Opening in 1950 and with a new amusement arcade and café built at the entrance the pier proved to be popular with visitors of all ages.
Unfortunately the ferry services were unviable and ceased in 1965 but the fishermen made good use of the landing stage.
The following years proved to be successful with the pier hosting many different events.
However like so many piers escalating maintenance costs took its toll and the pier was closed on 1 October 1987 for a £40,00 refit, when the steel lattice work beneath the centre bay and the steel around the entrance was replaced.
In 1998-9 a new pavilion was built to house an amusement arcade, miniature bowling alley, café, chip shop and ice cream parlour.
In 2012 the RNLI began work on a new boathouse to house a new Tamar class vessel with much greater capabilities than the older boat. The refurbished head of the pier along with a new boathouse and fishing platforms opened in 2014.
In 2017 a new restaurant, chip shop and gift shop was opened in The Pier Hotel building, as well as a gallery and over the years the Anglers Shop has been extended.
Like most businesses, Mumbles Pier has been shut for the majority of the pandemic, but the family-owned operation is well placed to make a big comeback as restrictions are once again lifted during the vaccination roll-out.
In January, the exciting news of two new pavilion buildings on the Grade II listed pier which will become retail, bathroom and cafe units.
In addition to this, the former offshore lifeboat house, at the end of the pier, will be converted into a brand new restaurant.
New access and gates will also be added during the work, to modernise the facilities further, whilst maintaining its historic elements.
The planning documents cited benefits such as “creating additional jobs on site once the development is operational and construction-related jobs will be created during the construction period.”
A spokesperson for the pier said following the news: “We’re delighted to have reached this important approval stage. It has taken a bit of time but we wanted to replicate period features and a Victorian theme.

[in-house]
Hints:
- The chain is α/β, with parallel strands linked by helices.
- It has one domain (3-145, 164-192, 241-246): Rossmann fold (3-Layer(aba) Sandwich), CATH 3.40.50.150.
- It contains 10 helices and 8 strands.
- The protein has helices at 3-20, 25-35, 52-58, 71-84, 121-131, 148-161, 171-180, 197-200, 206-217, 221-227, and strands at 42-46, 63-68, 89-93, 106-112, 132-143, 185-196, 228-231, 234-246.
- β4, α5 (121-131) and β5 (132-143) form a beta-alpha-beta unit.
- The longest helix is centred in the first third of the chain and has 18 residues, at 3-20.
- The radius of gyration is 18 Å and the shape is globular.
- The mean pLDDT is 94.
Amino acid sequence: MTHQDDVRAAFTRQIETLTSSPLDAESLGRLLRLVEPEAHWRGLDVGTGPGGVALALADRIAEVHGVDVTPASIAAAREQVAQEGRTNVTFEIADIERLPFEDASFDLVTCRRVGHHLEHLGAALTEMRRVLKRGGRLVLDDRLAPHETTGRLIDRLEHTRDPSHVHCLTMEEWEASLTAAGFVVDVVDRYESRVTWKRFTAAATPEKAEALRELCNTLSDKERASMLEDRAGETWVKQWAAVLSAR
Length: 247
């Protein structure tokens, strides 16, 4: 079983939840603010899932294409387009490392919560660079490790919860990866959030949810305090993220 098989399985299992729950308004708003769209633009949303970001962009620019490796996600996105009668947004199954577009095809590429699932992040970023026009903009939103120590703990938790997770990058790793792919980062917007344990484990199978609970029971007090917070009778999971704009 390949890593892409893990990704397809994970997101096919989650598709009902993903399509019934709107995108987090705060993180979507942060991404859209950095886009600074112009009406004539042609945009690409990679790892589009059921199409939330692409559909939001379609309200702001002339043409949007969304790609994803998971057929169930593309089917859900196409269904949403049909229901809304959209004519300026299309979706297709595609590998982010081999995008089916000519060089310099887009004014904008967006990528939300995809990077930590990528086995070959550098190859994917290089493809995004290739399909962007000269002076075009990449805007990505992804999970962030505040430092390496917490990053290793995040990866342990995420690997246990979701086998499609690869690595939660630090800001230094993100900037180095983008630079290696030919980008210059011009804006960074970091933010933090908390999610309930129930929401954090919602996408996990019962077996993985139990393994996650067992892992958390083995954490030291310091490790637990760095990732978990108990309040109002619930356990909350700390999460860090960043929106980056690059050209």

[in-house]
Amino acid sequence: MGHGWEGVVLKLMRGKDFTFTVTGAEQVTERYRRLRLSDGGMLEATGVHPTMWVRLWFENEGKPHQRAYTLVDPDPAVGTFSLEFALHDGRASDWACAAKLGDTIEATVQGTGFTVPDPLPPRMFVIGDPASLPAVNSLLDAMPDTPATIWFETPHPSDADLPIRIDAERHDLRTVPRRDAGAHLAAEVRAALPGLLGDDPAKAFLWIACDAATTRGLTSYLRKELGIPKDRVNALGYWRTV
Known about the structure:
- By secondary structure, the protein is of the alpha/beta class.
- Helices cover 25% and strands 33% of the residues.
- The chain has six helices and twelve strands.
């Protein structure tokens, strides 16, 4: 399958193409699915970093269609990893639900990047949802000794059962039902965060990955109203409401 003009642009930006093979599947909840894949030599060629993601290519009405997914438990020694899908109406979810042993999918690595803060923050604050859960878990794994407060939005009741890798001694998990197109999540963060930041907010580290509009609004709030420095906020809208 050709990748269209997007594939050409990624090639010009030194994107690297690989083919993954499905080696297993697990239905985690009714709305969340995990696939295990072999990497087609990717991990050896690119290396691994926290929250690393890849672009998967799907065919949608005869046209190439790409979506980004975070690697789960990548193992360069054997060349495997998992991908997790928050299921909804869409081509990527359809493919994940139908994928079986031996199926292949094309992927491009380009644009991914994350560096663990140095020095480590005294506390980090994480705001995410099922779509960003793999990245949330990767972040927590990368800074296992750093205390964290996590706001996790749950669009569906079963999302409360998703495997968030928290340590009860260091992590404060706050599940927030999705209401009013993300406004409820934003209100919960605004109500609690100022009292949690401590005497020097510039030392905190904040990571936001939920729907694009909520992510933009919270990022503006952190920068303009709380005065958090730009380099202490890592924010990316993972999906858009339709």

“Work is currently on hold, for obvious reasons, but we’re hoping to resume as and when it’s safe to do so.”
Dr Martin O’Neill, the chairman of Mumbles Community Council, said: “I welcome the maintenance and the restoration of an historic and valuable site to Mumbles, but at the same time it is very important we monitor the situation and make sure the area is not overdeveloped.”
Councillor Myles Langstone added: “As far as I’m concerned, developments are welcomed as long as they are in-keeping with the character of the community.
“The pier is one of the most iconic points in Mumbles that comes to a lot of people’s minds when thinking of Mumbles. Protecting that and enhancing it is key.”
As if these new developments weren’t enough, the pier boasts a fantastic reputation for its customer service, with glowing reviews all over the internet about the quality of the attraction for a family day out.
Shelley Vaughan praised the pier saying: “What a wonderful place this is, we go here quite regularly to take the dog for a stroll. The lovely café where you can take your dogs in which is a godsend. Beautiful views – what more can I say.”
Ken Thomas agreed: “Fantastic evening down at the Pier. Sat down to eat in Copperfish. Party of 7. Great service and food. Could be the jewel in the Mumbles crown with a few minor additions.”
And Zeta Madden is just one fan of all the development at the pier: “I’m loving the changes being made to the pier recently! Lovely place to while away a few hours! Food is lovely and I would recommend the salmon salad! Also pleased that dogs are welcome!”
Despite the Covid hurdle, which all businesses are facing, the near future is very bright for this pier with a long past, and its place as a must-see attraction for Mumbles is sure to be secured for a very long time to come.